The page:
As for Peter Kendall’s thoughts on the book – I certainly do agree with moonbat here…. the president of the NFU either hasn’t read much beyond the title or he fails to grasp the basic messages contained within.
    I don’t care which it is.

  19. I enjoyed reading it. It made me think…a lot.

    Like you Mark, I agree with the central thrust of the book, especially when applied to the future of some of our upland regions, particularly the Scottish Highlands.
    One thing that strikes me about George Monbiot is the fact his ecological education was centred on the tropics, he spent a number of years working in Indonesia, South America and East Africa. As he states in the book, ‘The lesson I learnt repeatedly, in all three regions, was that much of the diversity and complexity of nature conservation could be sustained only if the levels of (human) disturbance were low…’
    Undoubtedly this has shaped his perspective and maybe explains his lack of appreciation for plagioclimax habitats and sniffy view of the nature conservation organisations and landowners that manage them. Statements such as, ‘I do not object to the idea of conserving a few pieces of land as museums of former farming practices, or of protecting meadows of peculiar loveliness in their current state, though I would prefer to see these places labelled culture reserves’, I found condescending and slightly at odds with his view that rewilding should not replace attempts to change the way farms are managed for wildlife. Make your mind up George!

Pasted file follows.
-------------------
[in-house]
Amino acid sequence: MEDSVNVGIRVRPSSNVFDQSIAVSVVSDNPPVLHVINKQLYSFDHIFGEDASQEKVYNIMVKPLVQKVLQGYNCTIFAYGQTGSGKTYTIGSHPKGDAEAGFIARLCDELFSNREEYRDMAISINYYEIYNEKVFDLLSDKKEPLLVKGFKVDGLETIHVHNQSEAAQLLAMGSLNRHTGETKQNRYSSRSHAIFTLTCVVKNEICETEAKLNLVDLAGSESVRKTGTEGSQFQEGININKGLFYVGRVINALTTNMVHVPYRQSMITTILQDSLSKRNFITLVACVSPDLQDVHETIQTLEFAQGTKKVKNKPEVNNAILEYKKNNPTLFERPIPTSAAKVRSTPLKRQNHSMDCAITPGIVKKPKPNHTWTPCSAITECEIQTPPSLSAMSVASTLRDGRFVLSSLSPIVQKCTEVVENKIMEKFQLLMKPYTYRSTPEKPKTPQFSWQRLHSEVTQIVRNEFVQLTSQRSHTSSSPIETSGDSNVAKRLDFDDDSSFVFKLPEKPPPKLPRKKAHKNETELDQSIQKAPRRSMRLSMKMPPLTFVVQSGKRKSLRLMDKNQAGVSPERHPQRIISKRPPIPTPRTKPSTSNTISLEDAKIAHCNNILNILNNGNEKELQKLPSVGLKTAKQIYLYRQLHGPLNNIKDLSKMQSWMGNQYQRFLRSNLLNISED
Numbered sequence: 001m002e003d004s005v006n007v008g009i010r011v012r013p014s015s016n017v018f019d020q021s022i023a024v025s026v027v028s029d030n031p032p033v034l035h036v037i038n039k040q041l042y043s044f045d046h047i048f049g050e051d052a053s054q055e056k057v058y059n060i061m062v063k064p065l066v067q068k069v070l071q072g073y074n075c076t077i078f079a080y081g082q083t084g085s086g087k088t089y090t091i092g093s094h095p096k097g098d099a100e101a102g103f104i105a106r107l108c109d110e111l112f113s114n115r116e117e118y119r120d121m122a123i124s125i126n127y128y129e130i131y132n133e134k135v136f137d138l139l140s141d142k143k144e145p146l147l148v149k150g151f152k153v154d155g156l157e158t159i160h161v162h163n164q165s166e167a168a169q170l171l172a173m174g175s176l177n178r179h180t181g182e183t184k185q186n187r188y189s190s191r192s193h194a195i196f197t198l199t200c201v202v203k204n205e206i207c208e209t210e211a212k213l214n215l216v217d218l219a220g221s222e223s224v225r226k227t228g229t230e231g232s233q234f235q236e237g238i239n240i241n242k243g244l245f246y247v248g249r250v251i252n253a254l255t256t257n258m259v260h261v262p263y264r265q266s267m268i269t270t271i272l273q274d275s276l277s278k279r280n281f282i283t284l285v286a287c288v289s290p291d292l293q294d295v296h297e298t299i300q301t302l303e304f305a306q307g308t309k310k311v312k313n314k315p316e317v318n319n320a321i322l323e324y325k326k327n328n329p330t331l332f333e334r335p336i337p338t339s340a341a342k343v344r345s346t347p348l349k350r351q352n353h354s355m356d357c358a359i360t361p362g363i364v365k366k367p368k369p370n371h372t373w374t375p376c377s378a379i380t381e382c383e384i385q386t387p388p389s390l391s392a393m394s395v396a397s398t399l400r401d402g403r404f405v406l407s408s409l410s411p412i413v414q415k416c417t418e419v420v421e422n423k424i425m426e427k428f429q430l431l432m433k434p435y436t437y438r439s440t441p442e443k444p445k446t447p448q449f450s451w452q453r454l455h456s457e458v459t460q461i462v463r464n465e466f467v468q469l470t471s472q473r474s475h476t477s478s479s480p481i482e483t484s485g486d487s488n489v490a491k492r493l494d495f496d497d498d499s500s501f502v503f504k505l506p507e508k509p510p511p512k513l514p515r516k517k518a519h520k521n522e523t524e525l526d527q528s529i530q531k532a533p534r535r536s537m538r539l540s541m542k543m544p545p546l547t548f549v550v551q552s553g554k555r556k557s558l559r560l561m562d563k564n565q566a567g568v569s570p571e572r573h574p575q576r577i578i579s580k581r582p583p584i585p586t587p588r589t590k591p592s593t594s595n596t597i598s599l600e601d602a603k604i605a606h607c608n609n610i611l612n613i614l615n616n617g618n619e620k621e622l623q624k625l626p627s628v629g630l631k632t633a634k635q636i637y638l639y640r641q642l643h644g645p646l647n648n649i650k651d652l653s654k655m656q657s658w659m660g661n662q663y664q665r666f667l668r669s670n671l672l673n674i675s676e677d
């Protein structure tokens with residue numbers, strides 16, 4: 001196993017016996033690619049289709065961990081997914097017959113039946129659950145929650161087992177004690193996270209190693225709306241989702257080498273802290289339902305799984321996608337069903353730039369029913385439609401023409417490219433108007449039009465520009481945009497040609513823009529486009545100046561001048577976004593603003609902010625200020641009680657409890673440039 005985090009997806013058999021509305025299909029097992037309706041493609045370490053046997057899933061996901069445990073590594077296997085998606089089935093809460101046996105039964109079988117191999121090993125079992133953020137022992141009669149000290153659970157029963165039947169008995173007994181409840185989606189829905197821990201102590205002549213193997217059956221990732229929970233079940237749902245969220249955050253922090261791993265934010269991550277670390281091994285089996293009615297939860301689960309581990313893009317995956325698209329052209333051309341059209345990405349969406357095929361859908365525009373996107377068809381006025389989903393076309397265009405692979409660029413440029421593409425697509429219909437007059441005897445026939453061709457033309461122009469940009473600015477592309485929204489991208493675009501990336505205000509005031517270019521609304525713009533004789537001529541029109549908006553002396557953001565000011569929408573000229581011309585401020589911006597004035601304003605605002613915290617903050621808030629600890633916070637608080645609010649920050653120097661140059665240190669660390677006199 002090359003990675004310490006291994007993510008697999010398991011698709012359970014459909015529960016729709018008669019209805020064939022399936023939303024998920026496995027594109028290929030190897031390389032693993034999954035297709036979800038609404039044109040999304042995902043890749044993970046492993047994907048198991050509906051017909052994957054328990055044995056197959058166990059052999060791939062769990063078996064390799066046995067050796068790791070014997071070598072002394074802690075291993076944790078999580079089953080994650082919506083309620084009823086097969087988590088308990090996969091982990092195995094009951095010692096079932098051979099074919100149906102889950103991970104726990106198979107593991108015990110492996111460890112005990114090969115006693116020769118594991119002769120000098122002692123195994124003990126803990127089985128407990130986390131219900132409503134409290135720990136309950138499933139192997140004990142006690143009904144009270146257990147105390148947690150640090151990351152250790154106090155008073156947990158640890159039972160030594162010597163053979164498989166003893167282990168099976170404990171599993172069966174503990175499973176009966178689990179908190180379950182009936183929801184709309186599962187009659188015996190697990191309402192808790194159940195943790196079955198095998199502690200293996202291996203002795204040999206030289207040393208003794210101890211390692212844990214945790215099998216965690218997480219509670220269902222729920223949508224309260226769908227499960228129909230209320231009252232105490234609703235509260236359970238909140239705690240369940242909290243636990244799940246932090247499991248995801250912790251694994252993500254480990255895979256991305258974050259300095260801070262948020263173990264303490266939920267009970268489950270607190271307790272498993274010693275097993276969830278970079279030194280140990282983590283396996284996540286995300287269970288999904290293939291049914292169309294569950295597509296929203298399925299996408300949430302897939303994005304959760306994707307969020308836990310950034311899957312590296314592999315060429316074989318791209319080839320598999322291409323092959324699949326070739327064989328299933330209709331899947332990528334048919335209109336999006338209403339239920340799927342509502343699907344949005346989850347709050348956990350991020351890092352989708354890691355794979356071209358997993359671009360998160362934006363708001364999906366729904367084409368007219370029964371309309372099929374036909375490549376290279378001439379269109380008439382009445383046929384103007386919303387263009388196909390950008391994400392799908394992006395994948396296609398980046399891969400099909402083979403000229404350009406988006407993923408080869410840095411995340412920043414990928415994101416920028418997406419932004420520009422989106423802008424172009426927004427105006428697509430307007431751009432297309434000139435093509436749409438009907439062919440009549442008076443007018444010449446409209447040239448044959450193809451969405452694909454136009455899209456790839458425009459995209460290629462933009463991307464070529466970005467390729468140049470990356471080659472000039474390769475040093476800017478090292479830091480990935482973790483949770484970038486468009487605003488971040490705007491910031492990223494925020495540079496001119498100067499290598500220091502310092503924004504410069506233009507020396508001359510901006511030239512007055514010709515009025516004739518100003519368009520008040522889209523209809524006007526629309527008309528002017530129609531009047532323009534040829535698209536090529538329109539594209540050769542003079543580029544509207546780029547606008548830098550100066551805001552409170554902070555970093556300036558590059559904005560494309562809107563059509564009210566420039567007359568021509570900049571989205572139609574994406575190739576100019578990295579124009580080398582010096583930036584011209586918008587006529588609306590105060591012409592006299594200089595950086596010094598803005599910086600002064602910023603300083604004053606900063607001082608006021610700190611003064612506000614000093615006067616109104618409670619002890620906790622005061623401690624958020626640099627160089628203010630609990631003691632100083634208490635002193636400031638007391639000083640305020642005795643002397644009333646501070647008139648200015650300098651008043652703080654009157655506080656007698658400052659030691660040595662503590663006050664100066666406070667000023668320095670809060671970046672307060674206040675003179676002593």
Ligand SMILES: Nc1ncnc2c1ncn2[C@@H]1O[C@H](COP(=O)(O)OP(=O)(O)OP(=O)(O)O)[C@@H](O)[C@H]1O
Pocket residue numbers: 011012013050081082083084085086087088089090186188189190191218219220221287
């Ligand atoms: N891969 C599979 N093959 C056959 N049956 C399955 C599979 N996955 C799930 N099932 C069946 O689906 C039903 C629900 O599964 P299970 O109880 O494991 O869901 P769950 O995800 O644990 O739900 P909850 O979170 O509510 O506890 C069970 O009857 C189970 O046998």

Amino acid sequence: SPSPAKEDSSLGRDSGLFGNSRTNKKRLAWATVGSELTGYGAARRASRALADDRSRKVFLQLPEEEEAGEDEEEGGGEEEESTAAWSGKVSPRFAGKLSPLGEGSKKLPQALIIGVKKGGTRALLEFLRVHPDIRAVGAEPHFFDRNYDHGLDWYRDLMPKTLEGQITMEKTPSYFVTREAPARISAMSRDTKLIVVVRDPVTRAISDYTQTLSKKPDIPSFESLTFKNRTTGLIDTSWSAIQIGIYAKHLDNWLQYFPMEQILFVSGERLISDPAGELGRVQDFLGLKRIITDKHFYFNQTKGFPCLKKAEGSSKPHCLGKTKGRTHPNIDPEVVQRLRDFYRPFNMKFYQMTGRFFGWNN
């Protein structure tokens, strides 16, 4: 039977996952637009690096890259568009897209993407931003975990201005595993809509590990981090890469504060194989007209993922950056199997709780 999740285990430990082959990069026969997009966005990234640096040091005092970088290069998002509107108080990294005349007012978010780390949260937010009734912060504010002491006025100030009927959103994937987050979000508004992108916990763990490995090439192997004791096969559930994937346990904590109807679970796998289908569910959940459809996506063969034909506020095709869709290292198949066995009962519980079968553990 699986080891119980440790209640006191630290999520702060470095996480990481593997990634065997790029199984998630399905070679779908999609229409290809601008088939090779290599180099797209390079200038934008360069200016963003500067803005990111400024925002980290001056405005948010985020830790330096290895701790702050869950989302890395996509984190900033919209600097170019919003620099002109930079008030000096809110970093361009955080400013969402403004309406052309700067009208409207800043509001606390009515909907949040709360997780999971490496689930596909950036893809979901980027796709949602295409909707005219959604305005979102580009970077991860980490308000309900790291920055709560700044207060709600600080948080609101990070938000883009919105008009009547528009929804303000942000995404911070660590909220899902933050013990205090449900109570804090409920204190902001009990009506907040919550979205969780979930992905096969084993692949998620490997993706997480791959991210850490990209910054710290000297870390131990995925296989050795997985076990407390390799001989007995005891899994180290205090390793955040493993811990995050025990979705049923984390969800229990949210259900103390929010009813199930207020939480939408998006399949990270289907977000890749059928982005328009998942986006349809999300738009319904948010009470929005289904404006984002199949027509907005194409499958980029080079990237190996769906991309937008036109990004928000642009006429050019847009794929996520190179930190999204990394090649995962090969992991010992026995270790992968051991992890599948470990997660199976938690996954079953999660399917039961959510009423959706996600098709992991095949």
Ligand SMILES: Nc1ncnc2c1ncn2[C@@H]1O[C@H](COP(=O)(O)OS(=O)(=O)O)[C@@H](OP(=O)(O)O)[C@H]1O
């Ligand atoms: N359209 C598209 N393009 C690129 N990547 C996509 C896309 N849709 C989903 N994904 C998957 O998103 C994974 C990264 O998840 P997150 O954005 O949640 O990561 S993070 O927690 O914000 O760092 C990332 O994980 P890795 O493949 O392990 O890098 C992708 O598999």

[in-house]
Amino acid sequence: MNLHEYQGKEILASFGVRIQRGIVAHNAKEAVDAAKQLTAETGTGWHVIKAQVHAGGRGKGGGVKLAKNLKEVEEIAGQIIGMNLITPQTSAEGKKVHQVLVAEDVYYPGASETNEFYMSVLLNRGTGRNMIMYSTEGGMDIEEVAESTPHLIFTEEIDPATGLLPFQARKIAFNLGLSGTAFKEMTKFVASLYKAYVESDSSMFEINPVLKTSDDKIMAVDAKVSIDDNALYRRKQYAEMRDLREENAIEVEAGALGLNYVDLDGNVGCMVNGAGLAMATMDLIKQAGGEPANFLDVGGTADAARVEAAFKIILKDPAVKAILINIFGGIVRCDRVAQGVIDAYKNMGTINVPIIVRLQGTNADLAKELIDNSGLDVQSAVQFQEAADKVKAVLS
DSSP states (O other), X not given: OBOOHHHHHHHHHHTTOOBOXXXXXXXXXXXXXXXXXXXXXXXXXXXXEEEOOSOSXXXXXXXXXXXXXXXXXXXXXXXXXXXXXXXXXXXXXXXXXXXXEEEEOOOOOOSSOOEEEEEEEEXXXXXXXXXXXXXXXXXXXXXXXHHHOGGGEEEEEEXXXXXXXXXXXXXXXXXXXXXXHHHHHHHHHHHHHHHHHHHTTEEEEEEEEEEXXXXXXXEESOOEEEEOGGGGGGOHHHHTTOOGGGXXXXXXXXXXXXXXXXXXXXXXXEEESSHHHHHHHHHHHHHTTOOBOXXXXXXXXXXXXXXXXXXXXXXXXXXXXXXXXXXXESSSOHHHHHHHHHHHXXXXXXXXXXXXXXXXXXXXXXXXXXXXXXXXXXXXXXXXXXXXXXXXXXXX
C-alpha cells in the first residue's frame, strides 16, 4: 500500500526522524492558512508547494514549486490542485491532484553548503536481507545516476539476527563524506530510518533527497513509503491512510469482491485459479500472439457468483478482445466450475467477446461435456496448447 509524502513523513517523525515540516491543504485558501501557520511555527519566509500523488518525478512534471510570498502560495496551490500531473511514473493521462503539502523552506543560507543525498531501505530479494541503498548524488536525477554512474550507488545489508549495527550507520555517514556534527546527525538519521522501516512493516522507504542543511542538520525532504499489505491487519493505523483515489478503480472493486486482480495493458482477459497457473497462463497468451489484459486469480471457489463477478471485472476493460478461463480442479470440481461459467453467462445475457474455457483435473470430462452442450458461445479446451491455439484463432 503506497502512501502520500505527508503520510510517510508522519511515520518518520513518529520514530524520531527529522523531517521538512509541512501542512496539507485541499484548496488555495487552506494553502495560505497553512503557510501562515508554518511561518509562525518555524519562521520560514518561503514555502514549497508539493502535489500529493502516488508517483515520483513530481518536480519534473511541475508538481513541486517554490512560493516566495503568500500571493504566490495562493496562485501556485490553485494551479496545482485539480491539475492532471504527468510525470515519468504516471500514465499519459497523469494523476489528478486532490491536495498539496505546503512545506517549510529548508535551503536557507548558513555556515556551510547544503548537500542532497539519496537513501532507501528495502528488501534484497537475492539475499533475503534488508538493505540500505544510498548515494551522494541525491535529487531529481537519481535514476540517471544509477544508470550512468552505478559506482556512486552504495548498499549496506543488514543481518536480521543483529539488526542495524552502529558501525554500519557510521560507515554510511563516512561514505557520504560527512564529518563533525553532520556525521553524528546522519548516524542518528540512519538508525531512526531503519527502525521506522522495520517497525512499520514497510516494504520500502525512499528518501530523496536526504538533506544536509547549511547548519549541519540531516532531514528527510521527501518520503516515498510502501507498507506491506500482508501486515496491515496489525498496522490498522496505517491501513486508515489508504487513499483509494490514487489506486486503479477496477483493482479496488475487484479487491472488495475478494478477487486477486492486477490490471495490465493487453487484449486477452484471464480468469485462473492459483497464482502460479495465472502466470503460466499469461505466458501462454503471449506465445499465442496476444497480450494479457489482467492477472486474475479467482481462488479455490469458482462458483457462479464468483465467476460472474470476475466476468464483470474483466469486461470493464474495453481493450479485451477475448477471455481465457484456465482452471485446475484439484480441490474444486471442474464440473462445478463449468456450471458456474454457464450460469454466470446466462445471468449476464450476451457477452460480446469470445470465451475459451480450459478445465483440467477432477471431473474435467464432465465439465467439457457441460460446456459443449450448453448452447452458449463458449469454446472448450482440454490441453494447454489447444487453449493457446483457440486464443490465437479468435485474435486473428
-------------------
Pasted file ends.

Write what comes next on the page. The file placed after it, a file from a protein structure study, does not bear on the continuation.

However, if his lack of appreciation for the cultural habitats of the UK is a weakness, then maybe it is also one of his strengths as he offers a very different perspective to many conservationists.
    He is also bang on the money with his withering assessment of the true economic value (or should that be cost) of sheep farming to the Welsh uplands and deer stalking to the Scottish Highlands. Rewilding has the potential to reinvigorate these areas not just ecologically but also economically.

    I think true rewilding e.g. managing huge areas with zero intervention with reintroduced top level predators is very different to managing wild areas in the lowlands, where true rewilding is a non-starter. There are too many mouths to feed, not enough space and far too many zoophobic people. However in these areas we can still have areas of low-intensity land use delivering the ecosystem services that Roderick Leslie describes. It shouldn’t be seen as a choice between one or the other.